I read the following phrase online somewhere a few months back: "First and foremost, bread is alive." Then, after sharing with a friend that I thought I'd try my hand at breadmaking, he simply said, "Bread is magic." Huh. You don't usually hear people saying a quarter-pounder with cheese is magic, do you?
I guess there must be something about taking the most basic of ingredients—flour, salt, yeast, water—and making a food that is hearty, earthy, universal, and substantial. I had to give it a go. And now that I've taken my first step into this magical world, I completely understand the sentiments. As I sit here eating my first slice of homemade bread, I've never felt so satisfied—and blown away—after 5 hours in the kitchen.
I'm not afraid to admit it—I was nervous. What if I worked the dough too much (I've heard bad things about that) or what if the dough was too sticky and unworkable, or didn't release from the sides of the bowl like the recipe said it would, or what if I cooked it too long or not enough or it tasted funny. But I dove in anyway, despite my feelings of inadequacy.
My fears were fueled by all those scary terms and instructions used in bread recipes..."punching down the dough" (how hard do I punch, and is it one punch or three?), "water shouldn't be more than 130 degrees or you'll KILL the yeast" (I don't want to kill anything, I just want to bake bread), and "knead the dough for no more than 8 minutes" (really? 9 minutes or 7 minutes would mean a complete fail?)
Every step along the way, though, I felt more and more confident. As I completed each task, the dough did what it was supposed to do: it came away from the sides of the bowl, it rose, it worked it's way into nice loaves with my gentle prodding, it rose again, it didn't stick to the board, it moved over to the cookie sheet without falling onto the floor, it browned in the oven, and it smelled truly AMAZING while it cooked. I was feeling the magic—I followed directions and the bread appeared before my eyes. Magic.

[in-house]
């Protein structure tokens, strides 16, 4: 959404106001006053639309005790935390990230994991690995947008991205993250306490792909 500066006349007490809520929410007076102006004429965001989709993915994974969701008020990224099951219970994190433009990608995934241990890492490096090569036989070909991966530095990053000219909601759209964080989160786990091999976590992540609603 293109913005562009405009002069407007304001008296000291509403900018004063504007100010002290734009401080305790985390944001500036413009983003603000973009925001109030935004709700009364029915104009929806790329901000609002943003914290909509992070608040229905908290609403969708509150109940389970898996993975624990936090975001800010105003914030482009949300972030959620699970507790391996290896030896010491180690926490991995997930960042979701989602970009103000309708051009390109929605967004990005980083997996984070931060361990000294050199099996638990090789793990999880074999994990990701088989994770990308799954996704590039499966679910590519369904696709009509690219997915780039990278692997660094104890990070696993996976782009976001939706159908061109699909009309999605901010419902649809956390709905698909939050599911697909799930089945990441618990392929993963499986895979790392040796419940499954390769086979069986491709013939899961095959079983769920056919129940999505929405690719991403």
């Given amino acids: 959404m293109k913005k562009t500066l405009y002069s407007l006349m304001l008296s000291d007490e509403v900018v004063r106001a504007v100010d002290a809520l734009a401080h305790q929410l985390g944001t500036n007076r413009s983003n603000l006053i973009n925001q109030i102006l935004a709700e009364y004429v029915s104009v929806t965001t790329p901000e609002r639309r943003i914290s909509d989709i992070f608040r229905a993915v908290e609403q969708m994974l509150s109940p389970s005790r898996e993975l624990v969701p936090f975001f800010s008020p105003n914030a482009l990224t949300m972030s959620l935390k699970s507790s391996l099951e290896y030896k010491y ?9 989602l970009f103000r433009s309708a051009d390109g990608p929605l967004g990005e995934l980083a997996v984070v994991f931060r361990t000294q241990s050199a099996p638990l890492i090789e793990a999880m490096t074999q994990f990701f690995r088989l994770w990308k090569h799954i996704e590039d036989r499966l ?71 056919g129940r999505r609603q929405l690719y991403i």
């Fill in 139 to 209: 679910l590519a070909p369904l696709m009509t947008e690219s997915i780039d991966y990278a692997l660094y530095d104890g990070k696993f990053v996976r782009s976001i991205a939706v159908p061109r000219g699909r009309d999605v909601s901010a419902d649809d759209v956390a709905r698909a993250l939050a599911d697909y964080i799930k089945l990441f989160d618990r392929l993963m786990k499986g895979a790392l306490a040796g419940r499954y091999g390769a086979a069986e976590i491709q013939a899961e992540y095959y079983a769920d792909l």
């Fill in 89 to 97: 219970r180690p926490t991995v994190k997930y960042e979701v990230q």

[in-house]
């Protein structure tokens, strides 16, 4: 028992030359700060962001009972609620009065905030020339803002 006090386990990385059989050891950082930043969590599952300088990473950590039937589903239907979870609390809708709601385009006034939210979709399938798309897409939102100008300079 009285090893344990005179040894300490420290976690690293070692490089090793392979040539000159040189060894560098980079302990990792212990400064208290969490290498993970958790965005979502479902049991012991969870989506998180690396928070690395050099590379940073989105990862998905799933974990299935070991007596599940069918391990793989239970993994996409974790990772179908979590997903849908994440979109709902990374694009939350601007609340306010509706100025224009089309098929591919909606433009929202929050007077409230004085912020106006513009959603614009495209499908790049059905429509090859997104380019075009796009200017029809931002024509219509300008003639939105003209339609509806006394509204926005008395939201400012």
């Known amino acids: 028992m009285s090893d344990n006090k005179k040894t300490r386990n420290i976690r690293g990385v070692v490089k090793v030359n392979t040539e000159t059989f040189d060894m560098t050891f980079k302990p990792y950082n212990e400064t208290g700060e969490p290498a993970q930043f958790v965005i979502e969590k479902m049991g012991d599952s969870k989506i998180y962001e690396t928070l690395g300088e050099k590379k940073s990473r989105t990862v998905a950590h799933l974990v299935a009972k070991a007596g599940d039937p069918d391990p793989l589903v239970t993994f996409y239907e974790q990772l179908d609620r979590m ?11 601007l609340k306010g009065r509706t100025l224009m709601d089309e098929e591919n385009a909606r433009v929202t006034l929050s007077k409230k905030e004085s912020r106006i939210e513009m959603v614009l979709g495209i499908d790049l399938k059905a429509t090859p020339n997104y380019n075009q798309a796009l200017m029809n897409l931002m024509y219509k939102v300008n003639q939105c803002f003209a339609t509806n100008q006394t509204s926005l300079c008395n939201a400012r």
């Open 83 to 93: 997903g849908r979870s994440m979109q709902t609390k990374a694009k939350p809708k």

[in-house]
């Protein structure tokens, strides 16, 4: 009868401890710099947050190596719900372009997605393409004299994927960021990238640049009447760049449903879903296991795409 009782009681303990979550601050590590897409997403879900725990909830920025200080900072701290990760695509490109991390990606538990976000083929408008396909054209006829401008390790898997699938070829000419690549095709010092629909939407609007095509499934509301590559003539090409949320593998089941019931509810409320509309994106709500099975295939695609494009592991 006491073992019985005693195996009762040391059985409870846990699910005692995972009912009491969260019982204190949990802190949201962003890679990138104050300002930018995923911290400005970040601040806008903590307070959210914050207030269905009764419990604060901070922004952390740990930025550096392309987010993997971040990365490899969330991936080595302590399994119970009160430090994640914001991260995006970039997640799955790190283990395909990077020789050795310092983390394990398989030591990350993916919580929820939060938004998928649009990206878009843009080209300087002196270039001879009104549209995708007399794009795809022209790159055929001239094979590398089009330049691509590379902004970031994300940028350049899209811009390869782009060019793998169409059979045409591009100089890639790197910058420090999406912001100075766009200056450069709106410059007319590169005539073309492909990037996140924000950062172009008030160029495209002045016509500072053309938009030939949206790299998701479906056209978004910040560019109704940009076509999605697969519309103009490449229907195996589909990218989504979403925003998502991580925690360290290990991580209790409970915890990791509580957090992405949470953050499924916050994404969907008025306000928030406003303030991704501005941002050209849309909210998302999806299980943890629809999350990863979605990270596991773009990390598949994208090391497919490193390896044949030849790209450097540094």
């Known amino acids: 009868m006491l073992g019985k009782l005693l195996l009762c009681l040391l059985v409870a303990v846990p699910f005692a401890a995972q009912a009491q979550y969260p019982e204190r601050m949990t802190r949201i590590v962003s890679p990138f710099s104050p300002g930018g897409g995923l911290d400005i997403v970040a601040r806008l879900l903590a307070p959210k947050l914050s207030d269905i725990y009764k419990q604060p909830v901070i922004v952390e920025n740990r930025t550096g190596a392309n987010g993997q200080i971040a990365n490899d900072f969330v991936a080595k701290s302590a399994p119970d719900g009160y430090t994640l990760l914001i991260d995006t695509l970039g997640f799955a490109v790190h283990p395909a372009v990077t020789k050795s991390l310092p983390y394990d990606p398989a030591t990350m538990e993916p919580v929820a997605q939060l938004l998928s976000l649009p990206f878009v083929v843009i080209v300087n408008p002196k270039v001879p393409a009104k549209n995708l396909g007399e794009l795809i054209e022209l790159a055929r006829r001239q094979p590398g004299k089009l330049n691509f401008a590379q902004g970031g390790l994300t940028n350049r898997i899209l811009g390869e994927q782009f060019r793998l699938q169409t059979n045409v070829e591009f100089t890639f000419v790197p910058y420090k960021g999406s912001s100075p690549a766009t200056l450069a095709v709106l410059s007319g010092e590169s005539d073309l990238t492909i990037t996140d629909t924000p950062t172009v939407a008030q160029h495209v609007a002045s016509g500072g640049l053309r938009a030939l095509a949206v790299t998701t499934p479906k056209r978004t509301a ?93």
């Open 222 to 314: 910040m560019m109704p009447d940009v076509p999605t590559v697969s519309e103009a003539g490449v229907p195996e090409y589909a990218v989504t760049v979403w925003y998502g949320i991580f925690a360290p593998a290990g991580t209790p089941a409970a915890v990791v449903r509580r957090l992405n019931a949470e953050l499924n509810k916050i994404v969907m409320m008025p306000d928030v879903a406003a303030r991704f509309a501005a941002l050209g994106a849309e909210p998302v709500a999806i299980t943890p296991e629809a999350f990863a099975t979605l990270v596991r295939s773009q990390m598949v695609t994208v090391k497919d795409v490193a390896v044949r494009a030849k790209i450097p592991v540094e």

Did I mention that this little adventure involved two different recipes prepared simultaneously? Why make things easy, right? The first (pictured above) was an Italian bread recipe found and tried by my baking fanatic friend (she may be the only person on earth that will actually kill her breadmaker from overuse). She found it at AllRecipes.com and it did involve the use of a MY Breadmaker Ultimate—a wedding present that has spent most of it's lifetime in our garage. All of the ingredients went into the breadmaker for 1:30, and then onto a surface covered in cornmeal to rise again. The two loaves look beautiful and golden, and taste so, so good. Paninis, anyone?
The second recipe I got from a co-worker's mother—appropriate, right? It's called Kefir (or Buttermilk). Sorry, can't share the recipe—wouldn't want to piss off a mother I've never met! This one was truly from scratch with the help of Mr. KitchenAid, my fancy new electronic thermometer that I got for Christmas but hadn't yet used, and the timer on my oven, since there were so many timed instructions (mix for 2 minutes, add more flour, mix for 2 minutes more, then the 8 minute kneading time thing...all of which I timed to the second. Nerd.)
These loaves browned up even nicer than the first and the sesame seeds made them look that much more professional. I would say that the non-breadmaker dough was actually easier to work with—not quite as fluffy and flimsy as the first, more dense and firm, and the flavor is slightly sweeter, buttery, and equally as delicious.
Most importantly, more than the end result or the flavor or the successes along the way, I feel a bit transformed, elevated, inspired. I feel like I want to bake bread all the time, because now I know I can. There is so much more bread to come in the future...such as my grandmother's homemade rolls that have always seemed elusive, unforgiving, and never as good as when she used to make them. Ah, another challenge...